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Guest Viewpoints

Role of Religion and Money in Ukraine

As people in Eastern Ukraine go to the polls and decide whether to separate from the rest of Ukraine, the West is convinced that this is another tactical move by Russian President Vladimir Putin to recreate the Russian Empire.

Yet the situation, as it has evolved, is not as simple as an aggressive Russian president pandering to nationalism and dreams of imperial greatness but also of regional particularism.

The Ukrainian crisis began last February when the government of President Victor Yanukovych was toppled because he opposed closer ties between Ukraine and the EU. Yanukovych was not only pro-Russian, but alsoPutin’s man in the country who was obliged to keep Ukraine within Moscow’s sphere of influence. He failed.

He failed because he lost control of the demonstrations in Kiev and other cities and because he used the police to shoot at his own people in another failed attempted to control the situation.

As a result of these actions, a pro-West government took control of Ukraine, which threatened Russia’s security architecture and Putin reacted quickly to salvage what he could from the situation. The result was that Crimea voted to unite with Russia and abandon Ukraine amidst international condemnation.

The US and its allies imposed symbolic economic sanctions and took turns castigating Putin as a reincarnation of Hitler. Subsequently, Putin realized that Western threats were toothless and he could continue to slice off parts of Ukraine, while the West could only counter with a cacophony of new condemnations.

The next move by Putin was to encourage Russophones in the Eastern Ukraine to break away, while using Russia’s energy advantage to finish off Ukraine’s crippled economy.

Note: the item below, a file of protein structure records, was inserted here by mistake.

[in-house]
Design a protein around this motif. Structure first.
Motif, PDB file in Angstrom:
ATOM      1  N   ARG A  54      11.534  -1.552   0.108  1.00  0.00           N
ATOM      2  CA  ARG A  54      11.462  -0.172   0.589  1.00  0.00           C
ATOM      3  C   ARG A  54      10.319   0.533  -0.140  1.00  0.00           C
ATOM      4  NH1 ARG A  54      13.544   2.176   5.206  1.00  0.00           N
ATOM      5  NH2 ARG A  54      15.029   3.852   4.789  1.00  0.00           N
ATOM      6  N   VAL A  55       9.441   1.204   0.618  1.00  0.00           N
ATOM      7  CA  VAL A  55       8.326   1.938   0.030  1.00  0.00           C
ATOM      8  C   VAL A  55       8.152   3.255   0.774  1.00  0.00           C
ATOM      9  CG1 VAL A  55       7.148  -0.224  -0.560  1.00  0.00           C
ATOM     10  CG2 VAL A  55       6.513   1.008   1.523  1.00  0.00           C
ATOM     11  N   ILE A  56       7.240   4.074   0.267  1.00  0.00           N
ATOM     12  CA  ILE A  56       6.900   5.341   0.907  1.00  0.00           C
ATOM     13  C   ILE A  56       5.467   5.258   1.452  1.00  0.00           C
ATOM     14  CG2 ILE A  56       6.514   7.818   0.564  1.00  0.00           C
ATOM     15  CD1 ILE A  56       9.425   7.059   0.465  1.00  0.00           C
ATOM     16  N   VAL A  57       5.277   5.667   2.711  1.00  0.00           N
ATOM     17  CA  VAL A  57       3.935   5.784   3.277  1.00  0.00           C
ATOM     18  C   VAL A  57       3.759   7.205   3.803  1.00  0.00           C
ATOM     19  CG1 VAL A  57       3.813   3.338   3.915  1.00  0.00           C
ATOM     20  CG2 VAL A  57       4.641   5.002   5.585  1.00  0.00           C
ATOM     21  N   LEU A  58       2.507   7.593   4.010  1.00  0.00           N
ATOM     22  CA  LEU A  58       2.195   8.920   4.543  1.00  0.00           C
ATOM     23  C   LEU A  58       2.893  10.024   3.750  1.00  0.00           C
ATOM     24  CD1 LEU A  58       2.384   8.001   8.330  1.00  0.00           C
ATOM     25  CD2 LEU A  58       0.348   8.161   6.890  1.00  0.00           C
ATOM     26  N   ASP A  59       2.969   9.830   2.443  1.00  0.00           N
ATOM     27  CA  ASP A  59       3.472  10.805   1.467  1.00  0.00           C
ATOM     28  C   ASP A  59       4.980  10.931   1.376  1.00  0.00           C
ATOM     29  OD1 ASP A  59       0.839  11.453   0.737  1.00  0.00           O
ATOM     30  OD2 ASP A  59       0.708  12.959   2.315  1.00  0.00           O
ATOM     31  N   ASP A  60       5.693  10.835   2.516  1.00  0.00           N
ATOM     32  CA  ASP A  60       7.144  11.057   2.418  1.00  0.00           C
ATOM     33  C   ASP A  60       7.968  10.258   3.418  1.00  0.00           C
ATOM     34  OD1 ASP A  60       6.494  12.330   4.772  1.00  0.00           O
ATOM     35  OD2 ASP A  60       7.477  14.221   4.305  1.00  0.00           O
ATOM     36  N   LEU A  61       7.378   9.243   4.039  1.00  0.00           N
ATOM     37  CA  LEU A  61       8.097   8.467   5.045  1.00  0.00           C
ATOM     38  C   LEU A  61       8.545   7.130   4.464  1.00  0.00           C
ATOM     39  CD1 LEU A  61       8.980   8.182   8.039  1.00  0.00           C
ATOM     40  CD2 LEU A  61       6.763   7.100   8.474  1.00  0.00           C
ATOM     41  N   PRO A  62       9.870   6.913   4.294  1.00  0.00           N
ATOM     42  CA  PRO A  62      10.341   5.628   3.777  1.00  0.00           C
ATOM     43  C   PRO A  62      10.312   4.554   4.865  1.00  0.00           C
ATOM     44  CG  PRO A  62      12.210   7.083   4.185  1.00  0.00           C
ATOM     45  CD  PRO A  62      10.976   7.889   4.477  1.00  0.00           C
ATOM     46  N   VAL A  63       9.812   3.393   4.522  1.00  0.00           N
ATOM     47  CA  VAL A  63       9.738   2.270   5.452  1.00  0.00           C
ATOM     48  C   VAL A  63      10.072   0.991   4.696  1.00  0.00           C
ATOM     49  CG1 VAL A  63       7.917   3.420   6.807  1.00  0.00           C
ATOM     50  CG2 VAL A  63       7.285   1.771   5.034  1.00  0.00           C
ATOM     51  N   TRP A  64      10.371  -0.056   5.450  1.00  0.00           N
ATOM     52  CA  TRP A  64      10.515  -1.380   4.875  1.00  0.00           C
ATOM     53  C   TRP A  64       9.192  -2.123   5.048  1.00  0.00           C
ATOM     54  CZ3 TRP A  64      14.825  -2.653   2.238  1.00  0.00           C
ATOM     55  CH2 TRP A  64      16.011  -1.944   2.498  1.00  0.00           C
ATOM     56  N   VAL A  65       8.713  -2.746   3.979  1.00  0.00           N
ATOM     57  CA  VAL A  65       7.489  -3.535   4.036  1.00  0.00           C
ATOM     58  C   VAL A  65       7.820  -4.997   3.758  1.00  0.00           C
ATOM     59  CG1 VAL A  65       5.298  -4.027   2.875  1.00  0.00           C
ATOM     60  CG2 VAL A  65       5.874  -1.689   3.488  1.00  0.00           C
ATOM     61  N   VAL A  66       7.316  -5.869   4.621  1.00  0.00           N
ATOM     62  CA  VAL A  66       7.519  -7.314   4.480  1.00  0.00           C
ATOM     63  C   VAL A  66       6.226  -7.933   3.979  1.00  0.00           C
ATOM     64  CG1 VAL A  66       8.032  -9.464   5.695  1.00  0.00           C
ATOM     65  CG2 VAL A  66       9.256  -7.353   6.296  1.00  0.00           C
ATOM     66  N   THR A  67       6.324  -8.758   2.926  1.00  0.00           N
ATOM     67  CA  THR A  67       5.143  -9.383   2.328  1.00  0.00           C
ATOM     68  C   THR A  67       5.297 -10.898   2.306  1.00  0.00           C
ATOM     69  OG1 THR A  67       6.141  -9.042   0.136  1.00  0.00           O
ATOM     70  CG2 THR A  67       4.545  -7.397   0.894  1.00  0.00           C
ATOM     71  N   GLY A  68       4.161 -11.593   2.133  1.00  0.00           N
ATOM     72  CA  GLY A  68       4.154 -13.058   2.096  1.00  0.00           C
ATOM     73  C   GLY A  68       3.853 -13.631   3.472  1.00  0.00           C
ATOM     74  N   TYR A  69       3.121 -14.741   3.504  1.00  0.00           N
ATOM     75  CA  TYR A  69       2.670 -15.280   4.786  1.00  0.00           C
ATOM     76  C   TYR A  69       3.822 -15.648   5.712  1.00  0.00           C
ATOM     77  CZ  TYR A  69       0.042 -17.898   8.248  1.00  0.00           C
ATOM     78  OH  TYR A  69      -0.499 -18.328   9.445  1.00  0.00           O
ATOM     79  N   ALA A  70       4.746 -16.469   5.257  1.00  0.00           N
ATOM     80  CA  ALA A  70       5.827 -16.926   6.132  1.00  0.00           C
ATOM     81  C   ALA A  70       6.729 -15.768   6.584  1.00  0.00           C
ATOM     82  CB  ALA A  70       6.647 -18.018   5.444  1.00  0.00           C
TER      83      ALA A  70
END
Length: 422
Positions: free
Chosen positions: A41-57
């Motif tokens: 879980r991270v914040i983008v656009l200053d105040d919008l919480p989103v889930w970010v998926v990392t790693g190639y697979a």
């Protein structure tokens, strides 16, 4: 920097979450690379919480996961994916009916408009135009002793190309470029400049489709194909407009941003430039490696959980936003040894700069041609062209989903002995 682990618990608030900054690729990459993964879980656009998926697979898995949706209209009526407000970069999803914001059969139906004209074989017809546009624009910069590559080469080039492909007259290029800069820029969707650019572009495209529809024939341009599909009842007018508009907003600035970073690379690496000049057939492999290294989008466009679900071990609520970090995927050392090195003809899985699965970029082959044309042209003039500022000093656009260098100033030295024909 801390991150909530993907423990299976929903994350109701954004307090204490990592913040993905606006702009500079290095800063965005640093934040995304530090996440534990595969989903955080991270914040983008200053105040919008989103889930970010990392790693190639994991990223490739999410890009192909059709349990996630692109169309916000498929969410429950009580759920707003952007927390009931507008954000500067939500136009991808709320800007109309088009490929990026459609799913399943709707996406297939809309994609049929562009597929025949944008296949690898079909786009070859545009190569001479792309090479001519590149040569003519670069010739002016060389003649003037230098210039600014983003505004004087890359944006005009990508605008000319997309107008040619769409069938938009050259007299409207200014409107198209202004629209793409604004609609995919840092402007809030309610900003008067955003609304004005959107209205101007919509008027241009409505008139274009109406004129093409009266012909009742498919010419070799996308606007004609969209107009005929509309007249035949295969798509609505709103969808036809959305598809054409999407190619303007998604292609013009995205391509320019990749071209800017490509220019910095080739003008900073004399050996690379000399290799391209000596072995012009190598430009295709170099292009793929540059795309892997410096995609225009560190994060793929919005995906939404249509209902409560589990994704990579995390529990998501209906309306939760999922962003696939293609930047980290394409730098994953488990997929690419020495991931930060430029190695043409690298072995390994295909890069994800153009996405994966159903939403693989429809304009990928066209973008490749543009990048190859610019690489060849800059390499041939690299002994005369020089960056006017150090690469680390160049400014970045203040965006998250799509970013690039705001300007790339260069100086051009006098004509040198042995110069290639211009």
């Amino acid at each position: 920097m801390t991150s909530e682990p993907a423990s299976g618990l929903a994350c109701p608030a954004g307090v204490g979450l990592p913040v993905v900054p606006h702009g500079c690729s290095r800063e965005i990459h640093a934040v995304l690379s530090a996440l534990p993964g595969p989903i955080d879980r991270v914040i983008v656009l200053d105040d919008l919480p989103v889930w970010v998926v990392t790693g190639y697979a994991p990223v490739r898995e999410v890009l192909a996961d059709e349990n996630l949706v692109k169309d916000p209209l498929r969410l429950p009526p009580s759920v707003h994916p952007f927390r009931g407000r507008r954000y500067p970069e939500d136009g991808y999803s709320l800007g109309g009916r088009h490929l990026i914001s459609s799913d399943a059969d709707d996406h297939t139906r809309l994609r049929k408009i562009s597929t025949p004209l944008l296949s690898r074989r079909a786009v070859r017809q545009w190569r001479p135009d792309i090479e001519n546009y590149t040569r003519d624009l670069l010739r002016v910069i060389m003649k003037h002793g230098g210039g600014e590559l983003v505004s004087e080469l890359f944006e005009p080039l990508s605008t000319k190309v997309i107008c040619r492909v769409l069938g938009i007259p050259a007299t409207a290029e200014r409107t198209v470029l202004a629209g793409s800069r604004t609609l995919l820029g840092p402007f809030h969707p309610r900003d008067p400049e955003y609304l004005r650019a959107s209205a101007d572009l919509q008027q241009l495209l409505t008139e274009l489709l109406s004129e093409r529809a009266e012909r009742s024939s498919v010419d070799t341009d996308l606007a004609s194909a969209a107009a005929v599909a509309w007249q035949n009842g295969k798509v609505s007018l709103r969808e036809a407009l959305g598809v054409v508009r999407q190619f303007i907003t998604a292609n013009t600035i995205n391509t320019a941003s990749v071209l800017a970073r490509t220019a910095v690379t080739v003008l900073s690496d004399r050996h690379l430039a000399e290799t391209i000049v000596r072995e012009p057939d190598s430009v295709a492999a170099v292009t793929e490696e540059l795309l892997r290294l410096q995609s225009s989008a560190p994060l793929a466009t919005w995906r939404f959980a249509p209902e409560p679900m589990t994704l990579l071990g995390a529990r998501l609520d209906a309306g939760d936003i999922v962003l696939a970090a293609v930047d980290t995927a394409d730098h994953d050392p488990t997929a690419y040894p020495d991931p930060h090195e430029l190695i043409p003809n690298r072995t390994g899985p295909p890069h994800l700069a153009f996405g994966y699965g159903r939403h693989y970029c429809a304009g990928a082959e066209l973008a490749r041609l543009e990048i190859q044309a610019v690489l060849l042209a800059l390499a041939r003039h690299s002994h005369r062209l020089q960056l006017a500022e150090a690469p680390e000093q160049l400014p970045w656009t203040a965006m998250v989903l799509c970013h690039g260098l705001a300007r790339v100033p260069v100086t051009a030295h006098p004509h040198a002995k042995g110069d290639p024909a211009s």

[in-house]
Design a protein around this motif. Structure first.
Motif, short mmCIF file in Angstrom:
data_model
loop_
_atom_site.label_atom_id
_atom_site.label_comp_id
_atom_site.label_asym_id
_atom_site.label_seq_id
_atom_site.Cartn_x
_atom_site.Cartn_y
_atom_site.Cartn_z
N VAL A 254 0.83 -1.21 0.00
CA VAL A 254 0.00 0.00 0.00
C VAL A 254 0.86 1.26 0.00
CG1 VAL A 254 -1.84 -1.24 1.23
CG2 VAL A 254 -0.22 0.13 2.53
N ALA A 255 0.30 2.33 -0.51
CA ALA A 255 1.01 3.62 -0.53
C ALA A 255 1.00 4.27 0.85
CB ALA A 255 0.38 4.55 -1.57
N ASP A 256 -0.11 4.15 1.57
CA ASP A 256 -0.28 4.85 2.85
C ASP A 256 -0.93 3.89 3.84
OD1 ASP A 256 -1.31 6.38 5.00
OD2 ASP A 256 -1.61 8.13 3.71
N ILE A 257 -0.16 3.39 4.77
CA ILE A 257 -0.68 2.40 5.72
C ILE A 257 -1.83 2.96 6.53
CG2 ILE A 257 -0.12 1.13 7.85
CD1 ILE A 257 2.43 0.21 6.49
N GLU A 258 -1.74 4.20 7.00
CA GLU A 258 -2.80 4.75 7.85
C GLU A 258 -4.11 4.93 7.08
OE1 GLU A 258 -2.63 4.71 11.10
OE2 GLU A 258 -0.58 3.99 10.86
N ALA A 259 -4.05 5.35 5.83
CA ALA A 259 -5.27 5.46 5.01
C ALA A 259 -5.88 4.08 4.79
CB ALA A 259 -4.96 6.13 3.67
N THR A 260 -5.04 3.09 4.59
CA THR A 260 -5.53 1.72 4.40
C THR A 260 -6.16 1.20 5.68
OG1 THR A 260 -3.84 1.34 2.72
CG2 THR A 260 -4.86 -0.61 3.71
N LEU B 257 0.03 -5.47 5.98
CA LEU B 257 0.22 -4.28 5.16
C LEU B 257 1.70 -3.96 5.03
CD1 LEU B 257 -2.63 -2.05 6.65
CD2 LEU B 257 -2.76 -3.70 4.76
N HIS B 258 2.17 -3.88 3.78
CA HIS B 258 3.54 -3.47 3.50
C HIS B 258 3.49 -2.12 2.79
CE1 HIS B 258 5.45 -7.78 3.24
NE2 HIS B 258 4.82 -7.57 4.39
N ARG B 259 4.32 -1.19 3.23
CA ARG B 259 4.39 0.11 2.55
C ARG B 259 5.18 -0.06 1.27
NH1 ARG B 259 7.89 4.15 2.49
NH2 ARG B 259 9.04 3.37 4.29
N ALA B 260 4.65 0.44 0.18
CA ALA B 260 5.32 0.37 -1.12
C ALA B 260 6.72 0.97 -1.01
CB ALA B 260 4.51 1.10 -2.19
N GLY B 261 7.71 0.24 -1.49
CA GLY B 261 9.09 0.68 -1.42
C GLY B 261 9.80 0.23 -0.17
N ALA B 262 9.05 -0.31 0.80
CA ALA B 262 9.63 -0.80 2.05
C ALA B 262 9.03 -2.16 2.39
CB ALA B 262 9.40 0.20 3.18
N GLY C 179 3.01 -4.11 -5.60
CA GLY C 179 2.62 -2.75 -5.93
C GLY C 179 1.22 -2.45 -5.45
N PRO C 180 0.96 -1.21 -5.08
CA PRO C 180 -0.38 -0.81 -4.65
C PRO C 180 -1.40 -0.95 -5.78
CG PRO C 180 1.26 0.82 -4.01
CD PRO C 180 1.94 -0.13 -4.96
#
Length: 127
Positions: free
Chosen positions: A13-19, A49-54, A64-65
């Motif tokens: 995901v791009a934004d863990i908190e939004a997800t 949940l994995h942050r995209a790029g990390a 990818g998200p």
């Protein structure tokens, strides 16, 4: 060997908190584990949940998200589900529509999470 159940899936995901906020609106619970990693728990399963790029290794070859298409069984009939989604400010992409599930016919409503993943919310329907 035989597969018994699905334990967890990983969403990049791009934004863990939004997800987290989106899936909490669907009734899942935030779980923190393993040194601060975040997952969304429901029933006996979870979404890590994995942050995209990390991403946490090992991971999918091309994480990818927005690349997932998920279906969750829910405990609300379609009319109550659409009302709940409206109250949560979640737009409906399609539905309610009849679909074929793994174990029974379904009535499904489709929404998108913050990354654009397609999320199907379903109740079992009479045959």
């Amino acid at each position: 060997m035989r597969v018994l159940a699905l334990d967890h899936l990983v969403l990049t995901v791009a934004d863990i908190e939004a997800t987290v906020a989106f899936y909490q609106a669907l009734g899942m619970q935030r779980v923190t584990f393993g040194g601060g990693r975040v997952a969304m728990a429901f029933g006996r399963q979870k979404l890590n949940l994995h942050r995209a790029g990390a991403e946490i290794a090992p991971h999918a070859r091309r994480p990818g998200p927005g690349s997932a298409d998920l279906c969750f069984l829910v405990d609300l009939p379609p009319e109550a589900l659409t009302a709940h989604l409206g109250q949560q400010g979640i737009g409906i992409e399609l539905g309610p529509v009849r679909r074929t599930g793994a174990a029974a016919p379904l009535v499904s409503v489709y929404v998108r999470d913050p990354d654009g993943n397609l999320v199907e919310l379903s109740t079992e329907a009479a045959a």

After Crimea united with Russia, Moscow declared that the 2010 Kharkov Pact, which extended Russia’s lease on the Crimean port of Sevastopol in exchange for lower gas and petroleum, was null and void.

As a result, Russia presented the new government in Kiev with a $15 billion dollar bill. Consequently, any financial aid from the West will have to be used by Ukraine to pay off the $15 billion dollar debt.

Ukrainians, facing the reality of the country’s economic ruin, and the fact that the finances will remain a mess for a long time to come, may be one reason why many of the country’s citizens, especially those who identify with Russia and Russian culture are prepared to secede. Another factor is religion.

Just over 70% of Ukrainians identify with the Eastern Orthodox Church, and over 75% believe in God, while 35% go to Church frequently. Consequently, religious identification and the influence of the Eastern Orthodox churches play a significant role in Ukraine. The difficulty, however, is that the Eastern Orthodox are divided over their allegiance to Ukraine and Russia.

The Eastern Orthodox Ukrainian are divided into three churches, of which the Ecumenical Patriarchate in Constantinople recognizes only one: the Ukrainian Orthodox Church (Moscow Patriarchate).